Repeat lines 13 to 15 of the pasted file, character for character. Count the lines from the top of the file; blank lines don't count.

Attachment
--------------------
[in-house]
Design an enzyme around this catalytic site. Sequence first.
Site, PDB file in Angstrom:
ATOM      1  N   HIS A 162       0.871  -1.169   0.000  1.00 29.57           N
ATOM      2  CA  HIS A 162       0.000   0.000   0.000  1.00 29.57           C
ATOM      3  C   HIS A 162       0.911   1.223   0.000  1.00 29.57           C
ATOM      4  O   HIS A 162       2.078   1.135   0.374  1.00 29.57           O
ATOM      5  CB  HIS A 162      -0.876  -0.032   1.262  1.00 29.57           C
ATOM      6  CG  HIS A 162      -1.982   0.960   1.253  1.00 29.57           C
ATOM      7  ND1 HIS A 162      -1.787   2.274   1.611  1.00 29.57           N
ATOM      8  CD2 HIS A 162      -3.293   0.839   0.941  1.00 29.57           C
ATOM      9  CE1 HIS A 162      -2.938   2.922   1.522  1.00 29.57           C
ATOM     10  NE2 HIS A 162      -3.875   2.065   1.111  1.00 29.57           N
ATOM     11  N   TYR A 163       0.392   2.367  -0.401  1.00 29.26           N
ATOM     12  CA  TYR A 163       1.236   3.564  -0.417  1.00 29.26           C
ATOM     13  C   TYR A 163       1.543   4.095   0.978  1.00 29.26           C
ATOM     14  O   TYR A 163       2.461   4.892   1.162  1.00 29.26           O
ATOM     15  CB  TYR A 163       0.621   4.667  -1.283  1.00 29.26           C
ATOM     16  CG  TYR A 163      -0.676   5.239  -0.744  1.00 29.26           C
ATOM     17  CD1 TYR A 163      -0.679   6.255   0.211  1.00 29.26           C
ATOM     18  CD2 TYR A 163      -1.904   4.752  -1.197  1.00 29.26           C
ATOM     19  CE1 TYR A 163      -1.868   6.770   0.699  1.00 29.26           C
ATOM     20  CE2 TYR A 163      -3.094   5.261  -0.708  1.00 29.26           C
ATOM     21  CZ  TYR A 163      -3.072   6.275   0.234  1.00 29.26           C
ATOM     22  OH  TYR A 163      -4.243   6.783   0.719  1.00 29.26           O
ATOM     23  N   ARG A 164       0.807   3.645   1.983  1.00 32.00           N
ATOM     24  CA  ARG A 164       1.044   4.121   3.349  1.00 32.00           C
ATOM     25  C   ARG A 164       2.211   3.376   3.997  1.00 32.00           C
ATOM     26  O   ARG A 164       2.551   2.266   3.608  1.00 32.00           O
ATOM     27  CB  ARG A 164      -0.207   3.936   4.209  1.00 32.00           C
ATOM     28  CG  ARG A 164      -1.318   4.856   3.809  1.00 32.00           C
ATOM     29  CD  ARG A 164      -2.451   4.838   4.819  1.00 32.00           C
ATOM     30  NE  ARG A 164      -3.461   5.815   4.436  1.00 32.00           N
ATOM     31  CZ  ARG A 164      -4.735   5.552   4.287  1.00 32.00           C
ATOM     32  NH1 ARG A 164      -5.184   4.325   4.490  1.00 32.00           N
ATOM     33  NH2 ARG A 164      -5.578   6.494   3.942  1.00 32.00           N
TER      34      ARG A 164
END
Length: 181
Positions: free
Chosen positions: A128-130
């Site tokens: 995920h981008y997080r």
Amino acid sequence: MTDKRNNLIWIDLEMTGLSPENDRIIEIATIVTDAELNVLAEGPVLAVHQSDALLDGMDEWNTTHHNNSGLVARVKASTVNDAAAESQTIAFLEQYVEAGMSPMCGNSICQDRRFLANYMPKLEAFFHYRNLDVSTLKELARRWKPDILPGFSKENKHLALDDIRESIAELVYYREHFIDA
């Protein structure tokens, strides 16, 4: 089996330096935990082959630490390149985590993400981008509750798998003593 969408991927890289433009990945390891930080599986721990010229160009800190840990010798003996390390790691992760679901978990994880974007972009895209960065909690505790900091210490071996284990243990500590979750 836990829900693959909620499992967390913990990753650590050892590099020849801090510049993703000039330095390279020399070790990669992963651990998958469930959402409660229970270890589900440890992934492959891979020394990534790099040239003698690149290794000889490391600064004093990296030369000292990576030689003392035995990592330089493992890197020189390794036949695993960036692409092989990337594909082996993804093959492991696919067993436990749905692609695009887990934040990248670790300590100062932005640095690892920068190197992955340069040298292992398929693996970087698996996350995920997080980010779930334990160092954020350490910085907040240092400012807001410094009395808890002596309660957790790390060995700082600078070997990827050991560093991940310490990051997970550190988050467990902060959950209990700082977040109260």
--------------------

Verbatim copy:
ATOM     10  NE2 HIS A 162      -3.875   2.065   1.111  1.00 29.57           N
ATOM     11  N   TYR A 163       0.392   2.367  -0.401  1.00 29.26           N
ATOM     12  CA  TYR A 163       1.236   3.564  -0.417  1.00 29.26           C